"Nobody wins when Internet radio gets shut down, including artists who ostensibly are being represented by SoundExchange, the organization pushing for high rates. It's ironic. If SoundExchange gets their way, it means less money for musicians because people will cease to pay royalties all together," Westergren said.
Even with the cap, small broadcasters are still in distress. Michael Clark, owner of two small stations said that after Sunday, he would owe roughly $14,000 USD just for the holiday season of 2007. As for all the music that his station broadcasted during the 2006 year, Clark will owe $8000 on Sunday. One of Clark's stations already closed down because of the new changes and he was unsure of what to do after Sunday, he said.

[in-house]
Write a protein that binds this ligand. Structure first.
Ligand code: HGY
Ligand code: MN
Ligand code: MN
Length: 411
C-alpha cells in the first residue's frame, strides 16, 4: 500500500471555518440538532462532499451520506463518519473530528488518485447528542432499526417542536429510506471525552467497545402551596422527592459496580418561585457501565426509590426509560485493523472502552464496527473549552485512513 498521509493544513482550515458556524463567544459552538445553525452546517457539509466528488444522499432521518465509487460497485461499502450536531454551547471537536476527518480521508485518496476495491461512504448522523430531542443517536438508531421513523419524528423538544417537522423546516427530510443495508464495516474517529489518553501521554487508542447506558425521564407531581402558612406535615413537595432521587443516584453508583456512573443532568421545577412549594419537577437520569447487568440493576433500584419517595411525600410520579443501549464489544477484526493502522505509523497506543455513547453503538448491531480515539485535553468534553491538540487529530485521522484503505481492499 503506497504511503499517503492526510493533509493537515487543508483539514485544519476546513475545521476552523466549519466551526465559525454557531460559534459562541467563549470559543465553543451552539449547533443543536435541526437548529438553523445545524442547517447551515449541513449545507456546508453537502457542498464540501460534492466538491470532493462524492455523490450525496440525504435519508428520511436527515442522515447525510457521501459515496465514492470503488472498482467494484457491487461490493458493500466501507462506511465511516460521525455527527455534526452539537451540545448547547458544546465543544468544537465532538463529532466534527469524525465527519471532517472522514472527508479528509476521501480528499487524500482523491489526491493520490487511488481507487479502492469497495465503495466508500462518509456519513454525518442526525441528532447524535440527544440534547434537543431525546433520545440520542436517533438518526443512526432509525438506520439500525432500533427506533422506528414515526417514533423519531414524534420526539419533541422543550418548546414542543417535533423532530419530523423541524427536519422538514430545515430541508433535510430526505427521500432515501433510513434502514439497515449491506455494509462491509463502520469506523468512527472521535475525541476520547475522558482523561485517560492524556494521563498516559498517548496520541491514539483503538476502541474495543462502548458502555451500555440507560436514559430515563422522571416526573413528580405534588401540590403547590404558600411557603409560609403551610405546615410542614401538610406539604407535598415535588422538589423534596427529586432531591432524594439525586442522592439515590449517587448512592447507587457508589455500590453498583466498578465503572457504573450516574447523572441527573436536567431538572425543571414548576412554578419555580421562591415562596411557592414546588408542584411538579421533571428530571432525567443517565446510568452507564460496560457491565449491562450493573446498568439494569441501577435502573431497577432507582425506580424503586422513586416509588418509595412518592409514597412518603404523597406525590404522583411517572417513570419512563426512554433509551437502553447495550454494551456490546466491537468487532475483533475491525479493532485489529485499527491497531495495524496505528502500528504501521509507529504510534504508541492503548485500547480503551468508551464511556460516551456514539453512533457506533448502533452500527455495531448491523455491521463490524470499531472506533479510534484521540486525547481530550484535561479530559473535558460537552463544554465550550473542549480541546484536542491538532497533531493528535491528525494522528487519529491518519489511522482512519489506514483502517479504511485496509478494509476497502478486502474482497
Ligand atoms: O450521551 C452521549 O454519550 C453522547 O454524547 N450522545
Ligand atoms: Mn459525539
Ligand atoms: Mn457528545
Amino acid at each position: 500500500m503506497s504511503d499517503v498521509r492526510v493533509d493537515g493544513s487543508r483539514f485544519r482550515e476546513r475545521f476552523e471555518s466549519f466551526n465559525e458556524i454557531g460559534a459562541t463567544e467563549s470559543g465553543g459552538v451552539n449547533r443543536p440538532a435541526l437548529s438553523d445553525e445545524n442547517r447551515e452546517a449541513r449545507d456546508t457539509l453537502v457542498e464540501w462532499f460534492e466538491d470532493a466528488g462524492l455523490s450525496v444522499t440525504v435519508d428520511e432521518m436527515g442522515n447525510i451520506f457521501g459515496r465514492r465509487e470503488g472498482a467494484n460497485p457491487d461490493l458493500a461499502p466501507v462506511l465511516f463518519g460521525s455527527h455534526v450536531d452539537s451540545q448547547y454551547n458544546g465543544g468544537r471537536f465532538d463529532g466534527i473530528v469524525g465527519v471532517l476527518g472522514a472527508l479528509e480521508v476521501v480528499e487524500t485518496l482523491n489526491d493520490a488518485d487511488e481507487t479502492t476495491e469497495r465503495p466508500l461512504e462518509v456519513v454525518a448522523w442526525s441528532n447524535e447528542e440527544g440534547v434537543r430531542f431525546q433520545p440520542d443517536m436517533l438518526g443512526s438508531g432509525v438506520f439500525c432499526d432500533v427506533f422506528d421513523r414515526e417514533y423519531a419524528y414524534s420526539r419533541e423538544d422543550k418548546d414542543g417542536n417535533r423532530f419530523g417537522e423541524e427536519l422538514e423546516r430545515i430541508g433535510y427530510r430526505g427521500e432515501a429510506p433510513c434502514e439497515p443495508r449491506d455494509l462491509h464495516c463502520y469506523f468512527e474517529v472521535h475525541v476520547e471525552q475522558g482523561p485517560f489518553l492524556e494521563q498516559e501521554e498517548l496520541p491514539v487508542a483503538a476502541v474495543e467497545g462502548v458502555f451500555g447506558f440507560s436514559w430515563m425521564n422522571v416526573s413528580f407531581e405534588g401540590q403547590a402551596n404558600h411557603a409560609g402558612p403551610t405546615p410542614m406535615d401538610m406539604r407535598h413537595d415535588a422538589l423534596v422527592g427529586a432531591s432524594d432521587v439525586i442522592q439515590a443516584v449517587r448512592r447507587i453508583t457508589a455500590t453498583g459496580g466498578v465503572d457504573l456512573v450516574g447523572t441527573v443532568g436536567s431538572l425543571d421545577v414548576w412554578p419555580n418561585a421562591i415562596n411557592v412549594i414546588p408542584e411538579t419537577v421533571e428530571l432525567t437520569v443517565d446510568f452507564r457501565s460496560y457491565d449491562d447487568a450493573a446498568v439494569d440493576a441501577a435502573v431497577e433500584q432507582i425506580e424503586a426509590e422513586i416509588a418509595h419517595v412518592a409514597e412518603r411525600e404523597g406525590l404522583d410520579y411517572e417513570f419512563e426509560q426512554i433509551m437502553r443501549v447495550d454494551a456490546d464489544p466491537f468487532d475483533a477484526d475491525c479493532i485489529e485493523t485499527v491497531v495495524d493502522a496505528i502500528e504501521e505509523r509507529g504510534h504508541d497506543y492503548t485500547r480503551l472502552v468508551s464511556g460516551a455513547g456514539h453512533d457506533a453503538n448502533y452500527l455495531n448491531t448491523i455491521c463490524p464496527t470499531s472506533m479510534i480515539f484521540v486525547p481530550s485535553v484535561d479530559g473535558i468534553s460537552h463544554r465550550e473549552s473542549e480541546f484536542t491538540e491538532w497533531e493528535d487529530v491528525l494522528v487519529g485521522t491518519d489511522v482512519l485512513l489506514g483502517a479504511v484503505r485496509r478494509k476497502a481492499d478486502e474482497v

Jake Sommers, owner of a similarly small station that plays jazz faced similar decisions and consequently closed down his station. Jazzplayradio.com closed on April 30th of this year when Sommers realized he would have to pay $2000 per month to keep his station of 20,000 listeners afloat.
"We never made a dime. It was a labor of love. Everything we made we put right back into radio station. It was a bunch of trumpet geeks playing music for other trumpet geeks," Sommers said.
As Patty Smyth once sang, "sometimes love just ain't enough."
This article is over a month old, voting and posting comments is disabled
RE: Chicken little
7/15/2007 11:16:09 PM
"Next year they will tell you to die and ride the comet. Will you comply?"
VERY NICE REFERENCE - to all those people trying to argue against you, please read ATLAS SHRUGGED and then you'll understand what he (or she?) is talking about!!!
AGAIN very, very nice!!
thanks for the reference, more people need to read that book
RE: Chicken little
7/16/2007 12:34:23 AM
People should try biting off the Fountainhead first. More story, more moving, less being clubbed over the head by Ayn Rand's Objectivist Doctrine.
"I f***ing cannot play Halo 2 multiplayer. I cannot do it." -- Bungie Technical Lead Chris Butcher